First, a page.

CSIS Follow

A trusted bipartisan policy source. CSIS is ranked the world’s #1 International Security Think Tank by the University of Pennsylvania.


27,559 Followers  1 Follow

Share Share Share

A new CSIS Beyond Parallel report examines the inter-Korean and Korea-Eurasian railway connections. North and South Korea are moving forward with inter-Korean railway cooperation as a key engine for advancing inter-Korean reconciliation and building the infrastructure for eventual unification. A possible inter-Korean ceremony for railways in the near future would mark a significant diplomatic and geopolitical accomplishment, but the poor maintenance and outdated technology of existing North Korean railways and other factors present challenges for commercially viable cooperation. Read the groundbreaking report by clicking the link in our bio.
Before voting to leave the European Union, the United Kingdom was the fastest growing economy of the
 G7 countries. Now, it’s the slowest. What created the uneasy relationship between the UK and the EU? Will Theresa May be able to carry an unpopular Brexit deal across the finish line? Heather Conley of the CSIS Europe Program explains in a new "What's Happening"
 video. Click the link in our bio to watch.
The Trade Guys breakdown the latest from the G20. President Trump and Xi Jinping settled on a 90-day trade truce. But will the temporary ceasefire last? The Guys also analyze the president's moves on the USMCA, what's next for the agreement, and how Congress might react.

This graphic illustrates whether a Chinese auto tariff reduction would impact U.S. exports. President Trump claimed China agreed to drop its 40% tariff on U.S. car imports, but U.S. car exports won't significantly impact the $375 billion trade deficit the U.S. had with China in 2017.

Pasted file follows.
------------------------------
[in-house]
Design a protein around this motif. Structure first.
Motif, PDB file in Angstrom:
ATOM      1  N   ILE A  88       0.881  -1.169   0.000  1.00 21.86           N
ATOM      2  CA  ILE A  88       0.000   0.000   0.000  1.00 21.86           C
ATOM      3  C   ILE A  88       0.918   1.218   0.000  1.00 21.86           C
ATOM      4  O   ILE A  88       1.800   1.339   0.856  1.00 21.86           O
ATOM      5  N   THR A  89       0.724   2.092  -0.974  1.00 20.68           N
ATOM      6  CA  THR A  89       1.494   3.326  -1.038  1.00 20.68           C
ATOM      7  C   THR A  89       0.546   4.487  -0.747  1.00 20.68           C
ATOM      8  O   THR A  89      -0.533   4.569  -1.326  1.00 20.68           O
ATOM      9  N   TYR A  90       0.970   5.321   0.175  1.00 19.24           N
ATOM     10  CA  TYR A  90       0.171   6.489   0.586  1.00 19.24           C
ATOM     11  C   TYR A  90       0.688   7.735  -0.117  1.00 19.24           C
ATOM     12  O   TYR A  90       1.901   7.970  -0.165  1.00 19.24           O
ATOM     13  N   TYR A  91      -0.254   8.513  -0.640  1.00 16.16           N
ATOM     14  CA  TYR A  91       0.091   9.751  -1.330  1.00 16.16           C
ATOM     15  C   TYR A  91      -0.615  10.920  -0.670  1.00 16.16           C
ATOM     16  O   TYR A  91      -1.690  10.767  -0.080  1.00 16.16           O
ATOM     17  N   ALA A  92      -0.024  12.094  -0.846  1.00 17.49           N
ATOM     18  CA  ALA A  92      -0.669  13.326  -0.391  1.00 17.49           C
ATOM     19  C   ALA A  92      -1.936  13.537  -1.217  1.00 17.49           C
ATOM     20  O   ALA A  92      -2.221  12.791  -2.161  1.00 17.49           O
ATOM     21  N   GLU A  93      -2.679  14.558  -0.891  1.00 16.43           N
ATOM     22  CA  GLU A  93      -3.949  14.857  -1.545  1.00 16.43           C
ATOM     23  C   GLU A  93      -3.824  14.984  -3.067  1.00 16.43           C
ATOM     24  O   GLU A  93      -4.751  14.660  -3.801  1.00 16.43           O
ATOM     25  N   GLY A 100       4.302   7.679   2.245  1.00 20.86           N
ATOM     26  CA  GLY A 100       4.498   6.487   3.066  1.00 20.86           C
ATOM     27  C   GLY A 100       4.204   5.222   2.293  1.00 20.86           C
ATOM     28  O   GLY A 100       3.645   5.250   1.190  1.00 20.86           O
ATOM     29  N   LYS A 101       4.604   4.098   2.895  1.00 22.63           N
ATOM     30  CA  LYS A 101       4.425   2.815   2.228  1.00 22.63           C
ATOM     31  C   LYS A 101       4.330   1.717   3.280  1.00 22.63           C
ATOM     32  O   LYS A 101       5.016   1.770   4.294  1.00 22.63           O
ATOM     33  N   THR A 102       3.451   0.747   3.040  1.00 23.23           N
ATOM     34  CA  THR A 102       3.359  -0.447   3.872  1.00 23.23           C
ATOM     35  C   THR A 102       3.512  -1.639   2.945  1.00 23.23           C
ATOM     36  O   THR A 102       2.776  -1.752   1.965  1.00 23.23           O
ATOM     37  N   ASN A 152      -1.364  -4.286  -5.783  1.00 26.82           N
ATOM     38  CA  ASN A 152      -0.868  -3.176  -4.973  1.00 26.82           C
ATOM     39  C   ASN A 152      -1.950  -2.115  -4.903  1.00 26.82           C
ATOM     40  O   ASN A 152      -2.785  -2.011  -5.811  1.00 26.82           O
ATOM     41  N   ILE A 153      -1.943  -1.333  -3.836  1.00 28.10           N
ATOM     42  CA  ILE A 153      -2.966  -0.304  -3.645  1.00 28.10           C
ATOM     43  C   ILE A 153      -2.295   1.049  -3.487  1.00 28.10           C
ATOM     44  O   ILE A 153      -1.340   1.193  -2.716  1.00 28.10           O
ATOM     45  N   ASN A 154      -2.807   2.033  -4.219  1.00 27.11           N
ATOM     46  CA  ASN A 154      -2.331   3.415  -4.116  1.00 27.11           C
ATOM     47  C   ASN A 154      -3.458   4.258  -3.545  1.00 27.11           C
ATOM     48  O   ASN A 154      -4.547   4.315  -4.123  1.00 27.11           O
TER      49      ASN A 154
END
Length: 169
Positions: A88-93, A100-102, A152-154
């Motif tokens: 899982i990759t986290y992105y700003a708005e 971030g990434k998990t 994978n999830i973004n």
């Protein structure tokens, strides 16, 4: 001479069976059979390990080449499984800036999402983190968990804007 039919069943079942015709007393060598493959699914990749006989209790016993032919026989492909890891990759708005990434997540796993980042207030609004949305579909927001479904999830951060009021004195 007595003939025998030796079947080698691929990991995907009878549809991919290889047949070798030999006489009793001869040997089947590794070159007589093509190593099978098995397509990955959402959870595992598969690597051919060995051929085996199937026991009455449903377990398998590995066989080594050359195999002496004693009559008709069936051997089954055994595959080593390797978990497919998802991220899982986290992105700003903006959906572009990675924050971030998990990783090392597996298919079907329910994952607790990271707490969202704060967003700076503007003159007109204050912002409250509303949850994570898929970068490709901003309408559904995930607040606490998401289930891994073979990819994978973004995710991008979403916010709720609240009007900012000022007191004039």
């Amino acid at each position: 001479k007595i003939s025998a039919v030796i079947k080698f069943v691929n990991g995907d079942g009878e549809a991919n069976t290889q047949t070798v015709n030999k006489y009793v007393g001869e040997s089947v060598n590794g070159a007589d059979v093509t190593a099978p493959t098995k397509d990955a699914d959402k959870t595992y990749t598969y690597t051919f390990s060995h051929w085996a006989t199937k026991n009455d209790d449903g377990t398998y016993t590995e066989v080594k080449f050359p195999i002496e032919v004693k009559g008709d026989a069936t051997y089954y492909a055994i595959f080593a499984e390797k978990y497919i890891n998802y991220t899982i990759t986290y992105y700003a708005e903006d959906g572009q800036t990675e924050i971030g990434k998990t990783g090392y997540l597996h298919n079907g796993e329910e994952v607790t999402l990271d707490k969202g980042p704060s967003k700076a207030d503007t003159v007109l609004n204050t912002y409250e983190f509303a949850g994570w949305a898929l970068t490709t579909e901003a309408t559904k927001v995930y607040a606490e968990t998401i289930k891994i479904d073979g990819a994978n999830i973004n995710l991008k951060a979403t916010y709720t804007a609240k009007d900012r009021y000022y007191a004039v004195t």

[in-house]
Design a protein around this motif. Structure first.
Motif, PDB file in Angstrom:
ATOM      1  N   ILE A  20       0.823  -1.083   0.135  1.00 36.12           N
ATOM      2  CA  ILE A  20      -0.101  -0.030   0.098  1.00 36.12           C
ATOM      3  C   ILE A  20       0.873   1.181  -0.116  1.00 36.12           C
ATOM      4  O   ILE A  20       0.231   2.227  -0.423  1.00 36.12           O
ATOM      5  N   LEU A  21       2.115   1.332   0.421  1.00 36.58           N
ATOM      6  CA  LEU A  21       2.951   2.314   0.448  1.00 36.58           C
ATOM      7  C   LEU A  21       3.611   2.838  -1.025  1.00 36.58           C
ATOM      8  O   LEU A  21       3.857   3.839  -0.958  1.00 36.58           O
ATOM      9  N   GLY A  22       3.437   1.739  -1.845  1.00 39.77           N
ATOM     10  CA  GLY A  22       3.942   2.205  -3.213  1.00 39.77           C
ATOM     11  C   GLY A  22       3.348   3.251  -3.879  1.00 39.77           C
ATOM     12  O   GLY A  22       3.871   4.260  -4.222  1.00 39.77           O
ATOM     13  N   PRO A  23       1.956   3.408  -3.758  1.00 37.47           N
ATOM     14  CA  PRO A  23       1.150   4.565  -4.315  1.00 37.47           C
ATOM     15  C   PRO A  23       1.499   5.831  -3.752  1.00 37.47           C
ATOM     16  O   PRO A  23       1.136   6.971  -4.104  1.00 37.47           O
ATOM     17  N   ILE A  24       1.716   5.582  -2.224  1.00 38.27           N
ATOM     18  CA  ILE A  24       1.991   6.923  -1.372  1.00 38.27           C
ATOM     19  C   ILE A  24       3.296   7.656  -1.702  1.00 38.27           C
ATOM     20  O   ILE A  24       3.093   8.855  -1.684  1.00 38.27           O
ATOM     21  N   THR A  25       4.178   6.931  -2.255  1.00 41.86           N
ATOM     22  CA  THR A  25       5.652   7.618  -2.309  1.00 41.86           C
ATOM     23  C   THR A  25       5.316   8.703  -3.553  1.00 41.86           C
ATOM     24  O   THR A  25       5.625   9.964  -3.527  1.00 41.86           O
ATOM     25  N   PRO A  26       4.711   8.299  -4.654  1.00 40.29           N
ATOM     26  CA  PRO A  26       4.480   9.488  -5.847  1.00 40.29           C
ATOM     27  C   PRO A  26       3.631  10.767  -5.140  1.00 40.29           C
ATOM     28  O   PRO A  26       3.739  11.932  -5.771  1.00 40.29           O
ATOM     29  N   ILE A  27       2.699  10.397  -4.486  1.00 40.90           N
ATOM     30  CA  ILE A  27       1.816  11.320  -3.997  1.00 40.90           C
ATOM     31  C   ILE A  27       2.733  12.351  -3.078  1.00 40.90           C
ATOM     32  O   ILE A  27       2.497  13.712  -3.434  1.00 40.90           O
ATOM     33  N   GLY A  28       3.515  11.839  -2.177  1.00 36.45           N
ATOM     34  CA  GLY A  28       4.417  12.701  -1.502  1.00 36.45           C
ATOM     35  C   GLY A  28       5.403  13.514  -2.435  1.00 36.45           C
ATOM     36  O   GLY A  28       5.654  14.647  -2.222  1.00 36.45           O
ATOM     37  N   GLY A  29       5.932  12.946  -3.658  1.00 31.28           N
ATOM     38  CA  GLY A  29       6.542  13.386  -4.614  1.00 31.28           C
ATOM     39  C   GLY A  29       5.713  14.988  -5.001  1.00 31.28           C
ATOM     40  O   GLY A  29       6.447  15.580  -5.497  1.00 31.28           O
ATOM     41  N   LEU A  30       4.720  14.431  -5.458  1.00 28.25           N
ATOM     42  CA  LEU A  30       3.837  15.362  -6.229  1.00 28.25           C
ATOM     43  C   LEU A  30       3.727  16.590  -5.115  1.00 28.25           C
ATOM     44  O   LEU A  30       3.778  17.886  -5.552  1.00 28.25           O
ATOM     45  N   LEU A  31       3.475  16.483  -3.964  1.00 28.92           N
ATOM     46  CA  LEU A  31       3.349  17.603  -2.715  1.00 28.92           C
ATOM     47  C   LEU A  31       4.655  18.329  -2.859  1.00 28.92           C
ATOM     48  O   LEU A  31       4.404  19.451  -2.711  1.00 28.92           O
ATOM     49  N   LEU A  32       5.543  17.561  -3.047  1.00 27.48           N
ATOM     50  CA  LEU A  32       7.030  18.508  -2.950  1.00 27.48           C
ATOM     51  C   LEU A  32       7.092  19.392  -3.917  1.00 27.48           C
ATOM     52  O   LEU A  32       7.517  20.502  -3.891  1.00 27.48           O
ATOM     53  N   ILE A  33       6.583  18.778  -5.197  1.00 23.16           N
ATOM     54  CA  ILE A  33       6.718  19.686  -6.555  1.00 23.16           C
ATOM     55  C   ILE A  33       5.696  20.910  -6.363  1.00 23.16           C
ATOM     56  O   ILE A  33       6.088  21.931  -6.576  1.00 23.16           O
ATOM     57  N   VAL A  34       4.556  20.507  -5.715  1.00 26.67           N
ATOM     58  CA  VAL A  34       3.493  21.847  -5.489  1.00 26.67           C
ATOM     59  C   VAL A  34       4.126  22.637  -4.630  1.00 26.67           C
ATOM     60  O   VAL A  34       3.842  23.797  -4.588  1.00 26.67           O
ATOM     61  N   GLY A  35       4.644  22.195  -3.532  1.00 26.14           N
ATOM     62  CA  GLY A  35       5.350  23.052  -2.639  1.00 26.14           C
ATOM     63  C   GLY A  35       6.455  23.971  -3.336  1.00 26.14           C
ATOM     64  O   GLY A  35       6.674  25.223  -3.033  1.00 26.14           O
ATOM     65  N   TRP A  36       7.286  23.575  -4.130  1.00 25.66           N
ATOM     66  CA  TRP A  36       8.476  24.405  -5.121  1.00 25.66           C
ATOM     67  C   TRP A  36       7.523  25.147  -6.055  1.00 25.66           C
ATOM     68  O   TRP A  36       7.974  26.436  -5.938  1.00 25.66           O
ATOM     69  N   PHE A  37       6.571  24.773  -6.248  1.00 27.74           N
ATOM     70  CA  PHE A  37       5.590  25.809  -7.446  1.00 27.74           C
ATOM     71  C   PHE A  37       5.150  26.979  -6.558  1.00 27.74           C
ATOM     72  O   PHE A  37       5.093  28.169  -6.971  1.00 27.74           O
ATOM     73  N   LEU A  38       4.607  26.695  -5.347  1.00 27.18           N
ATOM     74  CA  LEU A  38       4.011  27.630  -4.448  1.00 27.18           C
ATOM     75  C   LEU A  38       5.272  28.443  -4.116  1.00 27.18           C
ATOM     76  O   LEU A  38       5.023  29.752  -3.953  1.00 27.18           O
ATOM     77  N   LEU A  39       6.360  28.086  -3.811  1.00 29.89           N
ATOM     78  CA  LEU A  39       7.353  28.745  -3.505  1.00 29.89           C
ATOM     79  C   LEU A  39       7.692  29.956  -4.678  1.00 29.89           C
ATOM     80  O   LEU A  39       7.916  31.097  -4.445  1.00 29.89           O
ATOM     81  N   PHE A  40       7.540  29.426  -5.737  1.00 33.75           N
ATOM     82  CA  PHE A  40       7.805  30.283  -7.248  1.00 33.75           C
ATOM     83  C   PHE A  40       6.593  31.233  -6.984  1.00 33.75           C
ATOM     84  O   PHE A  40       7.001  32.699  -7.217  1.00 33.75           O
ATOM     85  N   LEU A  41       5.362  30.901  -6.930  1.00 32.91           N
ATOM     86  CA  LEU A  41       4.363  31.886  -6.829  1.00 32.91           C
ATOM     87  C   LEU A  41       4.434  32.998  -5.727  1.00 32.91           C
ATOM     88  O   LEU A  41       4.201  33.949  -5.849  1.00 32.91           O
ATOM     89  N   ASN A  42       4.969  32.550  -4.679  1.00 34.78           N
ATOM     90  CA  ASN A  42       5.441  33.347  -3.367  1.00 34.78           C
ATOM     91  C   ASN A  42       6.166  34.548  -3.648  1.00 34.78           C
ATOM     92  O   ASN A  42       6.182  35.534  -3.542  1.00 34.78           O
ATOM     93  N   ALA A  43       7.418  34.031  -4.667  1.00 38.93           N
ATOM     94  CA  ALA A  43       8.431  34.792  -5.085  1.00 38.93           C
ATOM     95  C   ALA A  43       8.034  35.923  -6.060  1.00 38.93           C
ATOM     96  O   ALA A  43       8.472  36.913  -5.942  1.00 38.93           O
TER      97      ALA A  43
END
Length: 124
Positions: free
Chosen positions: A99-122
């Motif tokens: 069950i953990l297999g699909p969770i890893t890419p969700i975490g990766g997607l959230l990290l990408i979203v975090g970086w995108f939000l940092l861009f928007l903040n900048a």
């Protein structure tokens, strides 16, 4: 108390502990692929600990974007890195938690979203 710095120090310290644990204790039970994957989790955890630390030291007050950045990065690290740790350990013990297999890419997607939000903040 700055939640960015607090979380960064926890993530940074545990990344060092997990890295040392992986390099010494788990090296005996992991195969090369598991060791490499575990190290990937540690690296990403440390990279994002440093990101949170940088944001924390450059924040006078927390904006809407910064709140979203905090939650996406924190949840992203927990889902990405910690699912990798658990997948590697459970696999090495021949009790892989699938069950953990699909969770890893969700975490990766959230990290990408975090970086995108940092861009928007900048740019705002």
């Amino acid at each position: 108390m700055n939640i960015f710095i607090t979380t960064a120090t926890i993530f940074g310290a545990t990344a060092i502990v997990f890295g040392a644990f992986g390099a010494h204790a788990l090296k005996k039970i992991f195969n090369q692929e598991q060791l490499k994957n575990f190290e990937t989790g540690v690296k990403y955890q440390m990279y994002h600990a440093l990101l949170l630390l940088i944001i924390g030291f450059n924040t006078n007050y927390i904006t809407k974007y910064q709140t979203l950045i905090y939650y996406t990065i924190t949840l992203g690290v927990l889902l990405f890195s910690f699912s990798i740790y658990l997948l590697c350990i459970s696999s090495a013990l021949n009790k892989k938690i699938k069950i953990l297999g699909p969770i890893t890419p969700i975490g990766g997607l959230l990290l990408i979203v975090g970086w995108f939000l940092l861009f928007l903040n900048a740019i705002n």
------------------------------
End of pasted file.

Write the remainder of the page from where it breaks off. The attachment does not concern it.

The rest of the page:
Check out the Trade Guys podcast and interactive website by clicking the link in our bio.
The alliance between the United States and Japan has been a force for peace and prosperity around the world for nearly 60 years. A new CSIS report explores how the United States and Japan can strengthen their economic alliance and influence in the Indo-Pacific by looking at several case studies, including trilateral opportunities in Myanmar, Vietnam, India, and South Korea. To read the report, click the link in our bio.
Nigeria will hold its presidential and National Assembly elections on February 16, 2019. A steadfast U.S. ally and Africa’s largest economy, Nigeria is on track to have a population of 441 million by 2050. CSIS’s Africa Program Director, Judd Devermont, argues that, due to the fragility of Nigeria’s democracy, the United States must pay closer attention to this important election. Nigeria is struggling to defeat Boko Haram and ISIS-West Africa, and its political parties are increasingly displaying anti-democratic behavior. To learn more about Nigeria’s upcoming elections, visit csis.org.
On December 1, Presidents Trump and Xi met at the G20 Summit to discuss the growing trade tensions between the U.S. and China. President Trump agreed not to boost tariffs on $200 billion worth of Chinese goods from 10% to 25%, and President Xi promised to purchase “a very substantial amount” of American products to remedy China’s trade surplus with the U.S. While the talks were limited in specific agreements, it has set the stage for another high-level negotiation in 90 days. To learn more about the U.S.-China trade talks at the G20, click the link in our bio.
Despite hard-fought victories to retake Islamic State territory, there are 3 signs that Islamic State militants are regrouping, taking advantage of ongoing instability, and refocusing their campaign against the Iraqi government.